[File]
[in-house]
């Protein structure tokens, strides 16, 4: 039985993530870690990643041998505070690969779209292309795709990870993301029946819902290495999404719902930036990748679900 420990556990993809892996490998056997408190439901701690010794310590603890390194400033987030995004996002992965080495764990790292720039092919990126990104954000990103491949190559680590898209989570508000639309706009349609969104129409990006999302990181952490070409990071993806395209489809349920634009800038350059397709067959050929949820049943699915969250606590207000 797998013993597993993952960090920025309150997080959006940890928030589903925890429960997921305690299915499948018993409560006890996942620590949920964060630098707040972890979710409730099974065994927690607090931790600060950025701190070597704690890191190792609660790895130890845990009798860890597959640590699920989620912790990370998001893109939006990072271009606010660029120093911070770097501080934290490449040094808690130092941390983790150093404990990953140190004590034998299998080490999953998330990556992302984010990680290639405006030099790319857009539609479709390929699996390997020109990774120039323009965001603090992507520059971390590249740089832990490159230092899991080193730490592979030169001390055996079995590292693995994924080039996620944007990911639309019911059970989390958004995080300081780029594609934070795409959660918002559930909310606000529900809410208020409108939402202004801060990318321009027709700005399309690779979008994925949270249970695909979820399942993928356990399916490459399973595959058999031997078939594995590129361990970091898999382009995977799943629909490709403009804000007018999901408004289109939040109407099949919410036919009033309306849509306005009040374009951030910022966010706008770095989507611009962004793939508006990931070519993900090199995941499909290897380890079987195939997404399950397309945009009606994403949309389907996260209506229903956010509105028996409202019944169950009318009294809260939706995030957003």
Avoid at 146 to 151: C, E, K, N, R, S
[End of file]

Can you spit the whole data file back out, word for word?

[in-house]
């Protein structure tokens, strides 16, 4: 039985993530870690990643041998505070690969779209292309795709990870993301029946819902290495999404719902930036990748679900 420990556990993809892996490998056997408190439901701690010794310590603890390194400033987030995004996002992965080495764990790292720039092919990126990104954000990103491949190559680590898209989570508000639309706009349609969104129409990006999302990181952490070409990071993806395209489809349920634009800038350059397709067959050929949820049943699915969250606590207000 797998013993597993993952960090920025309150997080959006940890928030589903925890429960997921305690299915499948018993409560006890996942620590949920964060630098707040972890979710409730099974065994927690607090931790600060950025701190070597704690890191190792609660790895130890845990009798860890597959640590699920989620912790990370998001893109939006990072271009606010660029120093911070770097501080934290490449040094808690130092941390983790150093404990990953140190004590034998299998080490999953998330990556992302984010990680290639405006030099790319857009539609479709390929699996390997020109990774120039323009965001603090992507520059971390590249740089832990490159230092899991080193730490592979030169001390055996079995590292693995994924080039996620944007990911639309019911059970989390958004995080300081780029594609934070795409959660918002559930909310606000529900809410208020409108939402202004801060990318321009027709700005399309690779979008994925949270249970695909979820399942993928356990399916490459399973595959058999031997078939594995590129361990970091898999382009995977799943629909490709403009804000007018999901408004289109939040109407099949919410036919009033309306849509306005009040374009951030910022966010706008770095989507611009962004793939508006990931070519993900090199995941499909290897380890079987195939997404399950397309945009009606994403949309389907996260209506229903956010509105028996409202019944169950009318009294809260939706995030957003």
Avoid at 146 to 151: C, E, K, N, R, S